These sorts of lessons are too detached from modern education. As Quintus writes at the start of his translation of Sallust, the Classics had previously been given a central place in education, but that has declined precipitously since the middle of the 20th century, and I don’t think it’s a coincidence that since then, we have witnessed such phenomena as the mandated gender-bending of children and the invited invasion of Europe.
A civilization that has lost touch with its past and has no pride in itself or fortitude in its people will embrace all sorts of strange, destructive ideas, a phenomenon with which Sallust himself was all too familiar:
But when the republic grew through labor and the application of justice, and great kings had been subdued in war; when barbarous peoples and mighty nations were brought to heel; and when Carthage, jealous of the Roman Empire, was destroyed root and branch and every land and sea lay open; then, at last, Fortune began to vent her disfavor and all began to become turbulent. Those who had easily borne labors, dangers, insecurity and bitterness now found that leisure and riches – so desirable in some situations – were instead a burden and source of woe. Thus first the love of money grew, and then the love of power as well; these things were essentially the building blocks of all evils. Greed overturned honesty, good faith, and other positive virtues; in their place it nurtured arrogance, cruelty, neglect of religious duty, and the idea that everything could be bought for a price.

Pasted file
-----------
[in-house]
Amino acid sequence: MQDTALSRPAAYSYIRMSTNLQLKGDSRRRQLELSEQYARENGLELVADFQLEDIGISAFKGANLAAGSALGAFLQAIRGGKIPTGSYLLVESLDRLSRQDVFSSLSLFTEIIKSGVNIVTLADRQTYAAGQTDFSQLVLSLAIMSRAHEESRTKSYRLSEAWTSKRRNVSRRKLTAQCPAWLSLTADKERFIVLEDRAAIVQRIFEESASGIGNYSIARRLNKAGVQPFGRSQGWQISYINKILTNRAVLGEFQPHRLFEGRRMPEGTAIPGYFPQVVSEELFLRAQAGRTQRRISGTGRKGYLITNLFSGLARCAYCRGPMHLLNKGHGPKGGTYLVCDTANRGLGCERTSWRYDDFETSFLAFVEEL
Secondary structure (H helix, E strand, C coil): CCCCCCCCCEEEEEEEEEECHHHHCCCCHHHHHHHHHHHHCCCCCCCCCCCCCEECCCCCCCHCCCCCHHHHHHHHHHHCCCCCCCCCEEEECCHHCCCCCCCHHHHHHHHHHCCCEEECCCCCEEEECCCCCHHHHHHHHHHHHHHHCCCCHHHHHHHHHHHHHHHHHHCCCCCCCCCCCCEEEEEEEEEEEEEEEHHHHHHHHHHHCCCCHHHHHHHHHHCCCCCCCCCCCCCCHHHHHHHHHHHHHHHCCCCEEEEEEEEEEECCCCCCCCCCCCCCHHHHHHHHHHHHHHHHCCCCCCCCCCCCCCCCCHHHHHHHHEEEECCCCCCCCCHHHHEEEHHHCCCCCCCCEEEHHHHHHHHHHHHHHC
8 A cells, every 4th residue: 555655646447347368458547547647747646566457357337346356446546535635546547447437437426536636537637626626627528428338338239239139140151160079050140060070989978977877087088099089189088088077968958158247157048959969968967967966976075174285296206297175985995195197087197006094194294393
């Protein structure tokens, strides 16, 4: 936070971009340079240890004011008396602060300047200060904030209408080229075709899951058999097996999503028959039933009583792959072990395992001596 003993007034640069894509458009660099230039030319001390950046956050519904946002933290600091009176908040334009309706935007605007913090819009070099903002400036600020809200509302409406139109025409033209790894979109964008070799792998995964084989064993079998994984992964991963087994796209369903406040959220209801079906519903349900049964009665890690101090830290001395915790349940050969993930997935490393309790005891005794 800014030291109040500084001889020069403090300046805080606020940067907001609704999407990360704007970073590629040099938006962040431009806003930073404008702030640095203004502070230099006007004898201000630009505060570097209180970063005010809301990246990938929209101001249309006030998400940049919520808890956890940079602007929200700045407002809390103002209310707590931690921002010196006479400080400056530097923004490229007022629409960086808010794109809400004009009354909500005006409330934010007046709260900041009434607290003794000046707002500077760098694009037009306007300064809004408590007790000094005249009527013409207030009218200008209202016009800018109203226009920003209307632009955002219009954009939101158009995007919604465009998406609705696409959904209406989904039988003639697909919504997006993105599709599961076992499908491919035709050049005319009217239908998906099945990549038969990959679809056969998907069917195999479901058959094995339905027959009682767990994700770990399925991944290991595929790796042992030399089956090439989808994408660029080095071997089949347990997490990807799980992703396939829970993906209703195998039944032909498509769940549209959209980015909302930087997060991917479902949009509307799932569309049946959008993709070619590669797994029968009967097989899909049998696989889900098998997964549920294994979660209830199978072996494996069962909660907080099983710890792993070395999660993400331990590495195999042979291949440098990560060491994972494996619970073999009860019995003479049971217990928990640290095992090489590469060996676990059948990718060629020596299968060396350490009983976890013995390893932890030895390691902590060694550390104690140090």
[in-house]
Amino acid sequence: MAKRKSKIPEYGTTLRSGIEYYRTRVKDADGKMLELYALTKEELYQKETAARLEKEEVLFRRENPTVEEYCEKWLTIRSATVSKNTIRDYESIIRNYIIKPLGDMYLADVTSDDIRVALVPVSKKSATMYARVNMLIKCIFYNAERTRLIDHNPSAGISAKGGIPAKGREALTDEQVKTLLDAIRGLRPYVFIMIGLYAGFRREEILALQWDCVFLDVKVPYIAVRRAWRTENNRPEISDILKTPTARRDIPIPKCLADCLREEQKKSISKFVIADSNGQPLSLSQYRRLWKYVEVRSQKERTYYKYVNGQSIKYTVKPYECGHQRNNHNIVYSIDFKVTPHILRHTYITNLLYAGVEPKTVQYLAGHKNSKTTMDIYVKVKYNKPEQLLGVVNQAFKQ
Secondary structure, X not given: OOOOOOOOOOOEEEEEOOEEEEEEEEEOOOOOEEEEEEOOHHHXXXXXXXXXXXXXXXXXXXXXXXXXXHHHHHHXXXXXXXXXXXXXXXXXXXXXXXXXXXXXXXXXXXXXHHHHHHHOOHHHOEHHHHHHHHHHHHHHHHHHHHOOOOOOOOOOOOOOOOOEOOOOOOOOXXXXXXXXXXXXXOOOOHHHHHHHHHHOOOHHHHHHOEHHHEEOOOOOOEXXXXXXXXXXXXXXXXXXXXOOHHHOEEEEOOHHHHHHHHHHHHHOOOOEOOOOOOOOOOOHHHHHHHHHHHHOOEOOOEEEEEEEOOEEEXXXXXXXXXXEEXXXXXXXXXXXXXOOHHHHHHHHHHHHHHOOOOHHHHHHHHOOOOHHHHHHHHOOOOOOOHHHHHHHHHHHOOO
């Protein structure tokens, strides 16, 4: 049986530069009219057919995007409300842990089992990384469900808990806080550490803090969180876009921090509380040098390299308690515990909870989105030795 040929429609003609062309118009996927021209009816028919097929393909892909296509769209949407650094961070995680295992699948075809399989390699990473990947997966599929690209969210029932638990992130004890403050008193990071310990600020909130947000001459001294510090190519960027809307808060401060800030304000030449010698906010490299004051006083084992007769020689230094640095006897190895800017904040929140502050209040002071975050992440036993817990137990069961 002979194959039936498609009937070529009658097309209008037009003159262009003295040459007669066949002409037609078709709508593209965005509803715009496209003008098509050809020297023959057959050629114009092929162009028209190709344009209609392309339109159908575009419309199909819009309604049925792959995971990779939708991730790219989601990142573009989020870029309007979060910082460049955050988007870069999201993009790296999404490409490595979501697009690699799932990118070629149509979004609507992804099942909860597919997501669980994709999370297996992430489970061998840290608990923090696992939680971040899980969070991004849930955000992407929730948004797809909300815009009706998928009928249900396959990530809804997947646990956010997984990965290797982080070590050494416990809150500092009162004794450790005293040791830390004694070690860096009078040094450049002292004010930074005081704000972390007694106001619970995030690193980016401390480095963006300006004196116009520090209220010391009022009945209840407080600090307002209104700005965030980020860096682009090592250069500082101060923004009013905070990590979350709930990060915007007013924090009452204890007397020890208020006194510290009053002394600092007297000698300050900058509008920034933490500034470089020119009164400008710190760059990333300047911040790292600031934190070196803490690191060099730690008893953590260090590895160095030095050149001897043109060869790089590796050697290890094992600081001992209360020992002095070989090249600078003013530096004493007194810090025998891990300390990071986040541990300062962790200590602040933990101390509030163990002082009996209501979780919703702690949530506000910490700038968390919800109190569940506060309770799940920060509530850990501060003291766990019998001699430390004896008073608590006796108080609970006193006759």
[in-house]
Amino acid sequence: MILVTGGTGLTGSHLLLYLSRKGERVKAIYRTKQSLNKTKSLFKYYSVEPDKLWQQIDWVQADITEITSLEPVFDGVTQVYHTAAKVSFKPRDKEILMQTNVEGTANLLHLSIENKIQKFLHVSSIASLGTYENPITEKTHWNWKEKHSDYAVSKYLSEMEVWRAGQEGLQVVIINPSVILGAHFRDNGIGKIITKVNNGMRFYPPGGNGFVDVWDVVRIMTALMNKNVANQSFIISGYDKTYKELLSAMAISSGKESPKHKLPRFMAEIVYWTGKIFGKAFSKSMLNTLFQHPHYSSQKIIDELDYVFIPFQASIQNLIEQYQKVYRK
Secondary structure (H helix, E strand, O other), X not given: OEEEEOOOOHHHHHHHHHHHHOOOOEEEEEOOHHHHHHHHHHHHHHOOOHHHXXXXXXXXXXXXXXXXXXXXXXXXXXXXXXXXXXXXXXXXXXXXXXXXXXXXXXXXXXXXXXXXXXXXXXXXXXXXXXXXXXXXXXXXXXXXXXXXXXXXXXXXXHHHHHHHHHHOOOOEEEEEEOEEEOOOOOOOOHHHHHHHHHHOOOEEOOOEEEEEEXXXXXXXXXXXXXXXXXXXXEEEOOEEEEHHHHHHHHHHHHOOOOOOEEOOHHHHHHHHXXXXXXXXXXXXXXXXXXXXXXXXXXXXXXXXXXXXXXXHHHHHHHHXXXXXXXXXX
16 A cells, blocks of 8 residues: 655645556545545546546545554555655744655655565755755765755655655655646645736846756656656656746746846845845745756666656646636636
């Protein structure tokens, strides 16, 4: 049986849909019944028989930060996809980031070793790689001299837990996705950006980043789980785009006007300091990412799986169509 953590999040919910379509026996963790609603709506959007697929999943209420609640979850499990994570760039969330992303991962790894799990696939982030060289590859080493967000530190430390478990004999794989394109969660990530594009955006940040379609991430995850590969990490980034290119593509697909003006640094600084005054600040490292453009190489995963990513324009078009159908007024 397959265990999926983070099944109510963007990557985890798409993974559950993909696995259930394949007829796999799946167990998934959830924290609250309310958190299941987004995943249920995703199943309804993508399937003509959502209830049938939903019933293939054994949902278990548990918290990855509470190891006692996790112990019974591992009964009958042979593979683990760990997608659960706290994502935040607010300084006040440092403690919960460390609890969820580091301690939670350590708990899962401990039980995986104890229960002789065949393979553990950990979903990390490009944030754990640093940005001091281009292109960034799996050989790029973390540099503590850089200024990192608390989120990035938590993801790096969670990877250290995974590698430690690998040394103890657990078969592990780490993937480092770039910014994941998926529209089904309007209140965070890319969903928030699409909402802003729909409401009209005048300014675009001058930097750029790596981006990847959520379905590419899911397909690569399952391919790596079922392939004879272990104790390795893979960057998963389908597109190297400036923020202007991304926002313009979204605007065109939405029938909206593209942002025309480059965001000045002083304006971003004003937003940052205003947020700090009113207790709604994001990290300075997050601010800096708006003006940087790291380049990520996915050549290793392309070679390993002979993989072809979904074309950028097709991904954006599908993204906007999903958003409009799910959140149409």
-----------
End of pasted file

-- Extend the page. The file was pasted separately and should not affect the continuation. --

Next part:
Worldly ambition compelled many to become deceitful: to have one sentiment in the heart yet a different one ready on the tongue, to make friends and enemies not on an objective basis, but on an estimation of monetary convenience; and to display a good face rather than a good character. These tendencies grew little by little, occasionally to be punished. Afterwards, when the infection spread like a contagion, the state was transformed, and a government that was among the most just and strong became inhuman and unbearable.
Return of Kings recently featured a post on moral relativism, a foundation of modern leftist thought. It should come as no surprise that as the Classics have declined in education, moral relativism rose. Cicero, whose On Duties was a standard school text and which Quintus also recently translated, anticipated moral relativism in some ways, and has a clever take on it: